Opioids, commonly known as painkillers like Percocet, Vicodin, and Fentanyl, are becoming the most prescribed and abused drugs in America.
Prescription rate and statistics show that Opioids Are the Most Prescribed Drug in America.
Most prescription painkillers are prescribed by primary care and internal medicine doctors and dentists, not specialists. Roughly 20% of prescribers prescribe 80% of all prescription painkillers Dentists were the main prescribers for youth aged 10-19 years old. Nearly 46% of opioid prescriptions were given to patients between ages 40 and 59, and most of those were from primary care providers. The records show the trend that opioids are the most prescribed drug in America because approximately 56% of painkiller prescriptions were given to patients who had filled another prescription for pain from the same or different providers within the past month. In addition, nearly 12% of opioids prescribed were to young people aged 10-29, a nearly 20 year increase in the use of prescription painkillers. From 1991 to 2009, prescriptions for opioid painkillers increased almost threefold, to over 200 million, showing a trend that opioids are the most prescribed drug in America.
An analysis of national prescribing patterns shows that more than half of patients who received an opioid prescription in 2009 had filled another opioid prescription within the previous 30 days.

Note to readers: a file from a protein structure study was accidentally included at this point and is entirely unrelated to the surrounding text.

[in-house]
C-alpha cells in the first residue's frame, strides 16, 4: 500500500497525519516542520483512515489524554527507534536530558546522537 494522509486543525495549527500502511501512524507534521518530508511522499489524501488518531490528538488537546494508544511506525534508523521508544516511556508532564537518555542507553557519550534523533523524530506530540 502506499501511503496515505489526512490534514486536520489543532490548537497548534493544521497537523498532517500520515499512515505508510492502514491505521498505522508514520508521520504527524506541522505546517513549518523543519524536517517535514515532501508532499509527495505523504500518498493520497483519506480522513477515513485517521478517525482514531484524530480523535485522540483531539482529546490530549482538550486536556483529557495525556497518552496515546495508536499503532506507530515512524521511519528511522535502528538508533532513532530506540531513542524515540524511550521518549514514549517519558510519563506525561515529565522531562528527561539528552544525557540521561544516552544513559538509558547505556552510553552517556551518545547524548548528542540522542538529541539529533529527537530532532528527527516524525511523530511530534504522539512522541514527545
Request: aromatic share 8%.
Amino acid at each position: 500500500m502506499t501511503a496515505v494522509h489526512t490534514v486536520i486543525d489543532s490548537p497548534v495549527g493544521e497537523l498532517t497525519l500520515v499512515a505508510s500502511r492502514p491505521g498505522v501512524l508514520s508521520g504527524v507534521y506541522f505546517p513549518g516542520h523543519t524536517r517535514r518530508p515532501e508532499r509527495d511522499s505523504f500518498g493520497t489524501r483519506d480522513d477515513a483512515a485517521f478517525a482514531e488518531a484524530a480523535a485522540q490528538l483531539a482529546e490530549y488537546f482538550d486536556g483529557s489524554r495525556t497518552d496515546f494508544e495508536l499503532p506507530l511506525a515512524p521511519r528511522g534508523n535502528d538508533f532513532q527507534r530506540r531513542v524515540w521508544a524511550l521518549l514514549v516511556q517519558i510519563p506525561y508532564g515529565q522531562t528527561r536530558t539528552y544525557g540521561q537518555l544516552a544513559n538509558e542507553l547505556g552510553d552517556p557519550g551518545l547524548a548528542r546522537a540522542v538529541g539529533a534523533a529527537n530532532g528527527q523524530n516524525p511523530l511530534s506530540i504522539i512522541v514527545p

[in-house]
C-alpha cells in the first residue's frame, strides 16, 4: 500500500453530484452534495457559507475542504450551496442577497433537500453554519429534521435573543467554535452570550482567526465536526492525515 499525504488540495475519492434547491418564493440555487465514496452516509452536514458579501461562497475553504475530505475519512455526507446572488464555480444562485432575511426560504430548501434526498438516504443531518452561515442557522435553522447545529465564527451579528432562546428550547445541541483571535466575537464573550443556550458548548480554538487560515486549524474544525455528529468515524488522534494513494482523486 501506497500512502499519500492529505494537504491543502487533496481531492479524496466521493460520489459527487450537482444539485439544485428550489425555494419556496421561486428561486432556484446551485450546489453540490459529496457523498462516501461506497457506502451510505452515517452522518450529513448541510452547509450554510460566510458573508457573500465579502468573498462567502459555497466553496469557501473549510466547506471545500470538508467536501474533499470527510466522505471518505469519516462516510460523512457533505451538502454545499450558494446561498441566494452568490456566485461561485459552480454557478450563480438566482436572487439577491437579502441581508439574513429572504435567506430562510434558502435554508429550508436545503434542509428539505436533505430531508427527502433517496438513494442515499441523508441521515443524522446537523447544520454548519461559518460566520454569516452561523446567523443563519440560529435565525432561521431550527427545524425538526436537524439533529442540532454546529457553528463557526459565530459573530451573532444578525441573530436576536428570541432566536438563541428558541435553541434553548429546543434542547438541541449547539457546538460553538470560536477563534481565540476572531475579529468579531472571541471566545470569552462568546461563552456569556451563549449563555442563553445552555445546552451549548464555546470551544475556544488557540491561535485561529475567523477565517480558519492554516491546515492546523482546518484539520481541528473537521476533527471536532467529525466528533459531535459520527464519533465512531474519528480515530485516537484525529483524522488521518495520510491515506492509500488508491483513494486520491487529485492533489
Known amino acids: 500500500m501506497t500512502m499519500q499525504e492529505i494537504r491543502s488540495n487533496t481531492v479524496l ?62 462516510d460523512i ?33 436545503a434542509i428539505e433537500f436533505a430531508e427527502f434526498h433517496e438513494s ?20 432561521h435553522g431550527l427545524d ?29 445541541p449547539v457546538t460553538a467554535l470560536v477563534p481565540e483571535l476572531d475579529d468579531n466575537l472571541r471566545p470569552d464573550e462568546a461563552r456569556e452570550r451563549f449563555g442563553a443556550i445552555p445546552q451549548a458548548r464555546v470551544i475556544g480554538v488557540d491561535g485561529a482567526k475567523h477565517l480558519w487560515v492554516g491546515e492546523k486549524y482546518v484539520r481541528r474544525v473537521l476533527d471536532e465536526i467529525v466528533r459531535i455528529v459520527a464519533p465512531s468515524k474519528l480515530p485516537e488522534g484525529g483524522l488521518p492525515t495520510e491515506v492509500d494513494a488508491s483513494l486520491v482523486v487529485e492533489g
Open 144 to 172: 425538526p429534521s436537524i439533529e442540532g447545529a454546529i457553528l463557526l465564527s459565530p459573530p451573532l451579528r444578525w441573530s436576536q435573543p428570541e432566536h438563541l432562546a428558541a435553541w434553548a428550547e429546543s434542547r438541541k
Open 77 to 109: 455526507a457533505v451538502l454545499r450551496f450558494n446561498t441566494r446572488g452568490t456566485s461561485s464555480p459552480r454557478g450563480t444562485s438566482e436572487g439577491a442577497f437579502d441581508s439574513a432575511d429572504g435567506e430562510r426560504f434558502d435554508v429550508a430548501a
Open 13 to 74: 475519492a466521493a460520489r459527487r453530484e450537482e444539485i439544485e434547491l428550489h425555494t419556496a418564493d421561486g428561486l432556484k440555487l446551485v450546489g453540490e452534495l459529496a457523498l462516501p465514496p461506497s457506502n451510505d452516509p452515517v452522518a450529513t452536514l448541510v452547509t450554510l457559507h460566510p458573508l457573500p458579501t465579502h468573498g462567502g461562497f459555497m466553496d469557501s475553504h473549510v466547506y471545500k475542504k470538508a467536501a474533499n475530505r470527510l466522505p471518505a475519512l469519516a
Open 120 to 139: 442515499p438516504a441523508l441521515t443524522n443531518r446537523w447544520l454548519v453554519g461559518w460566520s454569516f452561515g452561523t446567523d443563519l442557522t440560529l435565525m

Misuse and Abuse
With the exponential increase in prescribing patterns, opioids are the most prescribed drug in America and more and more patients are abusing their prescription, meaning that they are taking more than what is prescribed to them. Indicators for this behavior include running out of their month’s supply before the original prescription is able to be re-filled, doctor-shopping (visiting different doctors) in order to obtain multiple prescriptions, getting prescriptions filled at different pharmacies so as not to raise any “red flags,” and even resorting to purchasing them illegally, either online, through an acquaintance, or off the street.
The misuse and abuse of prescription painkillers was responsible for more than 475,000 emergency department visits in 2009, a number that nearly doubled in just five years.
Overdose and deaths
Nearly three out of four prescription drug overdoses are caused by prescription painkillers. The unprecedented rise in overdose deaths in the U.S. parallels a 300% increase since 1999 in the sale of these medications, which were involved in 14,800 overdose deaths in 2008.
According to the Centers for Disease Control and Prevention (the CDC), now that opioids are the most prescribed drug in America, prescription painkiller overdose is now the second leading cause of accidental death in the United States, killing more people than heroin and cocaine combined.
In 2010, nearly 60% of the drug overdose deaths involved pharmaceutical drugs. Opioid analgesics, such as oxycodone, hydrocodone, and methadone, were involved in about 3 of every 4 pharmaceutical overdose deaths.
Men vs. Women
The CDC also finds that, although more men are dying of prescription drug overdoses, women are catching up. In the last 14 years, the percentage increase in deaths has been greater for women, spiking by 400% as opposed to 265% for men.
Being that opioids are the most prescribed drug in America, it is no wonder that access to these potent painkillers has gotten easier. A curious kid can gain access to opioid prescription pills simply by looking in their parents’ or grandparents’ medicine cabinets.